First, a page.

* The City will work with the Campus Challenge program of the NUSD to utilize the student community service hours towards community clean-ups.

* The City will seek the assistance of citizen and non-profit servie organizations to undertake clean-up and neighbor assistance programs.

* The City Public Works will post on the City website, seek coverage in the local paper, include regular schedules in the utility bills as an insert, and otherwise disseminate information on the street sweeping schedule. Variances will be reported to the City Council on a monthly basis.

* The City Public Works, Parks, Building and Grounds, and NPUA water sewer and electric utilities will review their operational grounds and areas of responsibilities including rights of way and City lands, and prepare a clean-up plan which Will be presented to the City Council. Progress reports will be made on a regular basis.

* City public works departments will be asked to inventory tasks which can be accomplished by the Fire District work crews when they are available.

* City personnel staff will seek to secure additional no-cost labor for use in clean-ups. o City Crews have been instructed to begin each week with a community drive through to collect improperly discarded items.

* The City waste hauler has been asked to improve their bulk pick-up protocol and effectiveness, and notify City staff of scheduled pick-ups.

* Public Works will arrange for a 40 yard roll off trash bin to be made available at various neighborhood based locations rotated throughout the community for seasonal, no-cost clean up Opportunities.

* The City Code enforcement and building official duties will be better defined in order to increase enforcement actions including the use of contract labor.

* A log of Outstanding enforcement cases will be posted monthly on the City’s website and reported quarterly to the City Council. O Community clean-ups will be organized on a quarterly basis to assist the elderly, handicapped, or otherwise unable to clean their properties.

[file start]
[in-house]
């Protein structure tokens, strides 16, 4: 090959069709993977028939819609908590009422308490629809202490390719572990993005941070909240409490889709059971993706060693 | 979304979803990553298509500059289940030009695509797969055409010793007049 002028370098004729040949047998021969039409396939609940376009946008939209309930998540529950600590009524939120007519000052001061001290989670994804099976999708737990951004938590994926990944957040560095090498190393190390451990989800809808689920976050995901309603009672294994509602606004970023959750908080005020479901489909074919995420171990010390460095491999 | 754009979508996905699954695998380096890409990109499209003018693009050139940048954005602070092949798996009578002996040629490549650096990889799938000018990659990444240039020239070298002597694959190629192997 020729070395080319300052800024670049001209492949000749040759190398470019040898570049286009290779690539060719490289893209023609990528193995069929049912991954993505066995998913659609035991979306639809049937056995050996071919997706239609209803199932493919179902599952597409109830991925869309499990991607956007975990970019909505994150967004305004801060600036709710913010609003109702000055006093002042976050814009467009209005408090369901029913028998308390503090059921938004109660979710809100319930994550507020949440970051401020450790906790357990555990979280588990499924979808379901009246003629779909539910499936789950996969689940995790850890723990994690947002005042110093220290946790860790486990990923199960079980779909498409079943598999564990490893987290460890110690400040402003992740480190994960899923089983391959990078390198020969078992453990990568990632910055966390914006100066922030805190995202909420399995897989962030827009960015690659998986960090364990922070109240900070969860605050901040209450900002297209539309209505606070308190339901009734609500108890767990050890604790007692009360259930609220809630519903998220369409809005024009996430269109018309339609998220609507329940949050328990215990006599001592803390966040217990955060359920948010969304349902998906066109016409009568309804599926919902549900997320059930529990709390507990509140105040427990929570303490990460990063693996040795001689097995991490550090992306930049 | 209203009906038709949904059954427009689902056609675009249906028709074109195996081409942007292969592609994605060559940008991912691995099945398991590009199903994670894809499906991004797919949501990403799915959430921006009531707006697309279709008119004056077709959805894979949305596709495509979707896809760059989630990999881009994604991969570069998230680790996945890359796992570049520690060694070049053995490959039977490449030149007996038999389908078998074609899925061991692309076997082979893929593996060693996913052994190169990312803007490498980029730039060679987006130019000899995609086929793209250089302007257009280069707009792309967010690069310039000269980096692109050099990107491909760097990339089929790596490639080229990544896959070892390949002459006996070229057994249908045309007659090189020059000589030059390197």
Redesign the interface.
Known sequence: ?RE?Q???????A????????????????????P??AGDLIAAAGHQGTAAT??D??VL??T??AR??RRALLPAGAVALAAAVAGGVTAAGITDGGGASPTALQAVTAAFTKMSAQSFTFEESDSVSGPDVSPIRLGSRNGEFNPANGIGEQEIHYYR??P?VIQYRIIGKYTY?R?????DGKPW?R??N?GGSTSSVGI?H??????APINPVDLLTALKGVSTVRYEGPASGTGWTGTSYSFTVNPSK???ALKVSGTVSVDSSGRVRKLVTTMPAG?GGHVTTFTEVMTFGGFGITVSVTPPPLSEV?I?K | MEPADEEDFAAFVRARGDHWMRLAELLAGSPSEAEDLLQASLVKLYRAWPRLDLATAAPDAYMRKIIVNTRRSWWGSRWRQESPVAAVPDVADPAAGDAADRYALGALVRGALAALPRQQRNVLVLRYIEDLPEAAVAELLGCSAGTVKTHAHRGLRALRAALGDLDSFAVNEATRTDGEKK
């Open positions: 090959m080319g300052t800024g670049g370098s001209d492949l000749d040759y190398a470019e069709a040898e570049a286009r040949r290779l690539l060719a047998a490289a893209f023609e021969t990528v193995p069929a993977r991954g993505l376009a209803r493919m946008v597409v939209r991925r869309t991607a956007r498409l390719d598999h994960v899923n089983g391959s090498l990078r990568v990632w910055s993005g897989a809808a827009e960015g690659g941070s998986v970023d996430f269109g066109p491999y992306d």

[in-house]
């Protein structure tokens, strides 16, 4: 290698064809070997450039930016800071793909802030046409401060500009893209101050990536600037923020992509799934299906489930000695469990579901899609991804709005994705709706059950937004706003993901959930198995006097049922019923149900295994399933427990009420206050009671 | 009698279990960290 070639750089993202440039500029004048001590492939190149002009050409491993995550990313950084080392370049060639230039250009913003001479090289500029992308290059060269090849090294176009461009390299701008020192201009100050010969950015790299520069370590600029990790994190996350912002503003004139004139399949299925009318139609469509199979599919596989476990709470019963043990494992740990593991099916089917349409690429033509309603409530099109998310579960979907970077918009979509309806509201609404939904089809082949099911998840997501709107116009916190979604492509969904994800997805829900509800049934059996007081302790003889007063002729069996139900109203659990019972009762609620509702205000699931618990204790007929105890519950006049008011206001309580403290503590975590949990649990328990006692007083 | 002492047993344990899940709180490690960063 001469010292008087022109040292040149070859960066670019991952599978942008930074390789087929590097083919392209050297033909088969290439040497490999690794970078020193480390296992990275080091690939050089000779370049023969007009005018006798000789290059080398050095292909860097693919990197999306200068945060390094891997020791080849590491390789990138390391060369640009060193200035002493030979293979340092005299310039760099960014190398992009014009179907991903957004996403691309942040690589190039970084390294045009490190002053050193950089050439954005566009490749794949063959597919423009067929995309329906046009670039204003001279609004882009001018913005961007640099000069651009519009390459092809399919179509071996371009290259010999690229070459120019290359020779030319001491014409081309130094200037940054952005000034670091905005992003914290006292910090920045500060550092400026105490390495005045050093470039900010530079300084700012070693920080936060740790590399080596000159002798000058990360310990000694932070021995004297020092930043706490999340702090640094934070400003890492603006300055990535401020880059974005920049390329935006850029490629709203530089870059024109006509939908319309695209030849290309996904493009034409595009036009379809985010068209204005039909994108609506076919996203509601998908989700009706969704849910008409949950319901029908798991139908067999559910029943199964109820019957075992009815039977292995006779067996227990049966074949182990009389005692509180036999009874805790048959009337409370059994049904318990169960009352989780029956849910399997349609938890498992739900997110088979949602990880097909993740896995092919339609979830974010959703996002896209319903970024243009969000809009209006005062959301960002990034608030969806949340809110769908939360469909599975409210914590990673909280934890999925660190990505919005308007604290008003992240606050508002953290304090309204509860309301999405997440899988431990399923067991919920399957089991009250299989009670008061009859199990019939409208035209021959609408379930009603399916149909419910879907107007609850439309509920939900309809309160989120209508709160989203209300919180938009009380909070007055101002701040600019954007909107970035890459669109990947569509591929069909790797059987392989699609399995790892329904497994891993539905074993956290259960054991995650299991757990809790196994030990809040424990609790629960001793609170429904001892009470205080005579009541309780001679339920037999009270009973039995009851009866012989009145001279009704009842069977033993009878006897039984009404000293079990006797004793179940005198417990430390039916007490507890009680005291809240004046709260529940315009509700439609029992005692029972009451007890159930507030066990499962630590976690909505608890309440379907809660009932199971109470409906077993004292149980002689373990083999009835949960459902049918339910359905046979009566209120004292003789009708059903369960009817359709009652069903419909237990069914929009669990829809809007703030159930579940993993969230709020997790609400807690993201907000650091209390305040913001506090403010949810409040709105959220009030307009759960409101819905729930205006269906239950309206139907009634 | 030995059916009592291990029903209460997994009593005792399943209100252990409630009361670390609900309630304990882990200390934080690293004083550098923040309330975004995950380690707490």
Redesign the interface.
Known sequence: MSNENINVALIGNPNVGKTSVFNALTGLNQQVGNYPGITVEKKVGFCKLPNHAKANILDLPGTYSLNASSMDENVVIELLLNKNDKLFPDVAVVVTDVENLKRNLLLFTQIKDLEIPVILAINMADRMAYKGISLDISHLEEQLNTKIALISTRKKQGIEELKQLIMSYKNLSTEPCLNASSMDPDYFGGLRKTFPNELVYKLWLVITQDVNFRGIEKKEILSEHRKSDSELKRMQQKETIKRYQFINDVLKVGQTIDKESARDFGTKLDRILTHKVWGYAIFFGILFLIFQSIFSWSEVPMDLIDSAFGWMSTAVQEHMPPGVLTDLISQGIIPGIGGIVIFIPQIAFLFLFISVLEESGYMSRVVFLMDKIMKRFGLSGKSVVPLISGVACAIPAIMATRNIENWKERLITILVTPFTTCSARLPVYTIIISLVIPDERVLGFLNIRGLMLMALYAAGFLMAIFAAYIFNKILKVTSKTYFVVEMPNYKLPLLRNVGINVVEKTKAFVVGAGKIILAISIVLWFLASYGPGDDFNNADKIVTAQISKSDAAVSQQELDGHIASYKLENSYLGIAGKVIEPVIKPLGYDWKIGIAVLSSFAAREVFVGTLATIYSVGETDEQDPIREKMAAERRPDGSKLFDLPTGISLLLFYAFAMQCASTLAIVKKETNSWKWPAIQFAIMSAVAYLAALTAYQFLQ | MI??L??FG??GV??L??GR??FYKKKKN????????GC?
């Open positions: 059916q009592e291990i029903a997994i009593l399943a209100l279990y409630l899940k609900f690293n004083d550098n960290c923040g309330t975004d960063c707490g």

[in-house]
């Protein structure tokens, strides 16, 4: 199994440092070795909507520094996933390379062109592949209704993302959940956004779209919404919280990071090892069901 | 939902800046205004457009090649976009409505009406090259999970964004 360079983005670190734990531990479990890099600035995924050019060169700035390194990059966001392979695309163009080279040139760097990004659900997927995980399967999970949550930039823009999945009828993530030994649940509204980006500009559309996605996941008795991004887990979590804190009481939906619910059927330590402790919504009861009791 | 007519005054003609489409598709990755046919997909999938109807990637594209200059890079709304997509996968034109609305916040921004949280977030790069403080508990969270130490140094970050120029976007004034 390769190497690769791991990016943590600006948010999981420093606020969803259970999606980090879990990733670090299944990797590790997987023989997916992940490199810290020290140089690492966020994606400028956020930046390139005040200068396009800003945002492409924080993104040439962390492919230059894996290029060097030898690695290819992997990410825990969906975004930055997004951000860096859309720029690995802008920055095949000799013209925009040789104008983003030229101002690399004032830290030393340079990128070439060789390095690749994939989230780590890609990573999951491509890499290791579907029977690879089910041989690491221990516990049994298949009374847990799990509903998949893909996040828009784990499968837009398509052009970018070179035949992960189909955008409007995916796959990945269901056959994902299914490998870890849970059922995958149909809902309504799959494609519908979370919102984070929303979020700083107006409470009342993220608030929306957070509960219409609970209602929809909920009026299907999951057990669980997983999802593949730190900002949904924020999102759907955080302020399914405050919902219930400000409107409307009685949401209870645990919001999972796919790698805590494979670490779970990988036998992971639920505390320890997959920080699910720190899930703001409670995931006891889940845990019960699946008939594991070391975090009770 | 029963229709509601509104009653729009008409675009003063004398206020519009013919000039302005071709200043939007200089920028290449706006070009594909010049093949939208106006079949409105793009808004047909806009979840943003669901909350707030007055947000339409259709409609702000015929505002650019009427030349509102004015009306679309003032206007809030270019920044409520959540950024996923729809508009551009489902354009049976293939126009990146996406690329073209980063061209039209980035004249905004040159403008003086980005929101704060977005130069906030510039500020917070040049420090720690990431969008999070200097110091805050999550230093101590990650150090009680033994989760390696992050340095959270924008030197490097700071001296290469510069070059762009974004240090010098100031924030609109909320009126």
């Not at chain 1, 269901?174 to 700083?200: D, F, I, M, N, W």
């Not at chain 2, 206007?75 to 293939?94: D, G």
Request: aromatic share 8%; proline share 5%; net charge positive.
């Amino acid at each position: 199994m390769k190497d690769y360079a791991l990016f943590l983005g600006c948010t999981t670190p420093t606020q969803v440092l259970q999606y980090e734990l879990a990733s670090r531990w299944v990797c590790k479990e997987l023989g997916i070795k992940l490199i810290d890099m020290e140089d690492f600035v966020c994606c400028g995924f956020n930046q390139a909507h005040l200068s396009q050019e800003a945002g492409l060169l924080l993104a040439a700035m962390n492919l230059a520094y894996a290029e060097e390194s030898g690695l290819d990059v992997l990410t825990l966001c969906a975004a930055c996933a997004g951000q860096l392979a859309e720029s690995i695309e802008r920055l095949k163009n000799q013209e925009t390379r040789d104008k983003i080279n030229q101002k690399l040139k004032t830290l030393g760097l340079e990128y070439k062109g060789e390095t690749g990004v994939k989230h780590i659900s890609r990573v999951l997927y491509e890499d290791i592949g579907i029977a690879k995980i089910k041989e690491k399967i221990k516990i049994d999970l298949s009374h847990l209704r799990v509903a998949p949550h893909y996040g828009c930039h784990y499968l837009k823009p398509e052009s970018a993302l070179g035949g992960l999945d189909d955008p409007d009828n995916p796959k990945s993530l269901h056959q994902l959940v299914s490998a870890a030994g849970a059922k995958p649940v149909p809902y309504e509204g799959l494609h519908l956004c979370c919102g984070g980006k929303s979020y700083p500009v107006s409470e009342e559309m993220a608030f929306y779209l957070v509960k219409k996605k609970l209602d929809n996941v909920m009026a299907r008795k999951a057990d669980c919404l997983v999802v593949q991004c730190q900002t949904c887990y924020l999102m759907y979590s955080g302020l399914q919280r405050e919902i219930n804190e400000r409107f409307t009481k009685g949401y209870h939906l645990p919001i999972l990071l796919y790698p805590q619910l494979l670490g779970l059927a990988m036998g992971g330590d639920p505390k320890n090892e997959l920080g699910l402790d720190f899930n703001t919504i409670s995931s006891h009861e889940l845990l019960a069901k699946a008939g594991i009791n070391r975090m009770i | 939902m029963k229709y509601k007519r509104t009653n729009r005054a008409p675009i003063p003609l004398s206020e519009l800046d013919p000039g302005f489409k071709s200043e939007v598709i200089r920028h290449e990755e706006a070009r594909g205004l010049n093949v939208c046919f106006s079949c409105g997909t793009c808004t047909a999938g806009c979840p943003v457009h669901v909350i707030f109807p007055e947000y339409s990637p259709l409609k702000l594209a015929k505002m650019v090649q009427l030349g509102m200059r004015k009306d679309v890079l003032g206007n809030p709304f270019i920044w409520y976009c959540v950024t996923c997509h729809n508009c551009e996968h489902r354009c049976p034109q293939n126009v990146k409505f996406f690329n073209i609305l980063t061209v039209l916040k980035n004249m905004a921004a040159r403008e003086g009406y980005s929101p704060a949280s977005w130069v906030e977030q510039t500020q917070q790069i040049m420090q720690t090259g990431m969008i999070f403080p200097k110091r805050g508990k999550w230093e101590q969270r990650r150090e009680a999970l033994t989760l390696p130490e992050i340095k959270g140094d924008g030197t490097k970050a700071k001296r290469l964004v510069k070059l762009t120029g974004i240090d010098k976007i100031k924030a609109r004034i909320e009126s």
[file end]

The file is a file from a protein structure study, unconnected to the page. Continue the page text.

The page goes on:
* The City will request the County Fire District and Sheriff’s Office to present plans as to what they can do to assist in community clean up and/or enforcement.

* Additional resources will be sought for community enhancement programs and activities.

* Council appointment of a “Beautiful Needles” citizen’s task force for one year to review progress, evaluate effectiveness, and make suggestions to the City Council about measures to improve the overall visual condition of the Community.

** Fiscal Impacts: **

* Deferral of other high priority operations and maintenance responsibilities.

* Increase in public works funding from the General Fund.

* Potential increase in code enforcement fines.

* Increase in building fees.

* $94,000 is the balance in the Surplus Property restricted account in the General Fund

Also provided in the agenda packet to members of the Needles City Council was information on Needles Cleanup Committee Report, a bill protecting Code Enforcement Officers heads to Governor, a list of City-Owned land, a Code Enforcement Provisions of the Municipal Code, and Code Enforcement Log.

** Read the full Agenda Item #9 Packet at the following City of Needles website address: **

Click to access cc_091316-9.pdf

As the discussion continued, the issue over enforcement and who’s job is it to clean up the community, turned the discussion into a bit of a debate.

** Video from ZachNews on YouTube: **

Needles City Council Member Shawn Gudmundson spoke about the response he has been getting from the community and from meetings with the new Needles Cleanup Committee.

Needles City Council Member Shawn Gudmundson said, “Answering the concerns of the citizens of came to me and are fed up to the point of saying ‘I’m tired of coming to Needles — I contemplating moving – I’m no longer can defend our home town’. What are we doing to take care of it. You councilors have gone one dimensional, all it is about future agricultural and other areas. So we need to listen to this group; our first meeting we had 16 individuals.”